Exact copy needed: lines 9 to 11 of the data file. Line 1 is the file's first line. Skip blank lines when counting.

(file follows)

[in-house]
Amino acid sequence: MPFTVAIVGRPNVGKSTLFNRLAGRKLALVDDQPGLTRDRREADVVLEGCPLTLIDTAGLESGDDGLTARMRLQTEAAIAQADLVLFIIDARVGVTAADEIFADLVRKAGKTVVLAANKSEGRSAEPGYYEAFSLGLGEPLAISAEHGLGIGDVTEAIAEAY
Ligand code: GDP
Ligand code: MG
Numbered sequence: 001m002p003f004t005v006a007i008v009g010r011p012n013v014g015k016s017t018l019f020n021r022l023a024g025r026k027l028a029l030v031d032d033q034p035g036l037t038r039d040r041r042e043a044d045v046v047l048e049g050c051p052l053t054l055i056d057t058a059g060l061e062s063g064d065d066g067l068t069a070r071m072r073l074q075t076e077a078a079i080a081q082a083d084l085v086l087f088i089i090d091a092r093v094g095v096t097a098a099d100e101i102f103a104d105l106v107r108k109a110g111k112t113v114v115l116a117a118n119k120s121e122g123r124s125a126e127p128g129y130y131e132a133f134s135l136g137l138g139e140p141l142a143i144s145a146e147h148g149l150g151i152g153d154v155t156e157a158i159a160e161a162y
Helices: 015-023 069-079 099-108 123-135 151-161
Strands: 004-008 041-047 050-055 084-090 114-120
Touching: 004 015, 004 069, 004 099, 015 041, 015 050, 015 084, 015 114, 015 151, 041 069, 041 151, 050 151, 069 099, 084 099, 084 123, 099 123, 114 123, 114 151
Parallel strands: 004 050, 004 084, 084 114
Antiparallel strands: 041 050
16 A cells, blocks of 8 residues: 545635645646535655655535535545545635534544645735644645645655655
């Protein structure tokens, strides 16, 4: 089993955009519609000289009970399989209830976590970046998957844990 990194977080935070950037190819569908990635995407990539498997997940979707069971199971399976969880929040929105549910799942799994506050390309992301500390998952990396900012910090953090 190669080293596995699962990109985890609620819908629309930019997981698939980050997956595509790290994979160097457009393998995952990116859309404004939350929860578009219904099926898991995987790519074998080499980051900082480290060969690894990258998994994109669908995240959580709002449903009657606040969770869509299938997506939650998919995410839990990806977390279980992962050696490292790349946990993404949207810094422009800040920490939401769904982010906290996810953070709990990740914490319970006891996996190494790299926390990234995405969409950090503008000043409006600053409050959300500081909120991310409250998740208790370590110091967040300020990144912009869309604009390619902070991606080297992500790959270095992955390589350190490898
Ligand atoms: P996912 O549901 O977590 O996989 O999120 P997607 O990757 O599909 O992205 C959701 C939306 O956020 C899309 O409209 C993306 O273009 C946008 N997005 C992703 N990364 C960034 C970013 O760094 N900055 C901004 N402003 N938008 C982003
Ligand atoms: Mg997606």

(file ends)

Parallel strands: 004 050, 004 084, 084 114
Antiparallel strands: 041 050
16 A cells, blocks of 8 residues: 545635645646535655655535535545545635534544645735644645645655655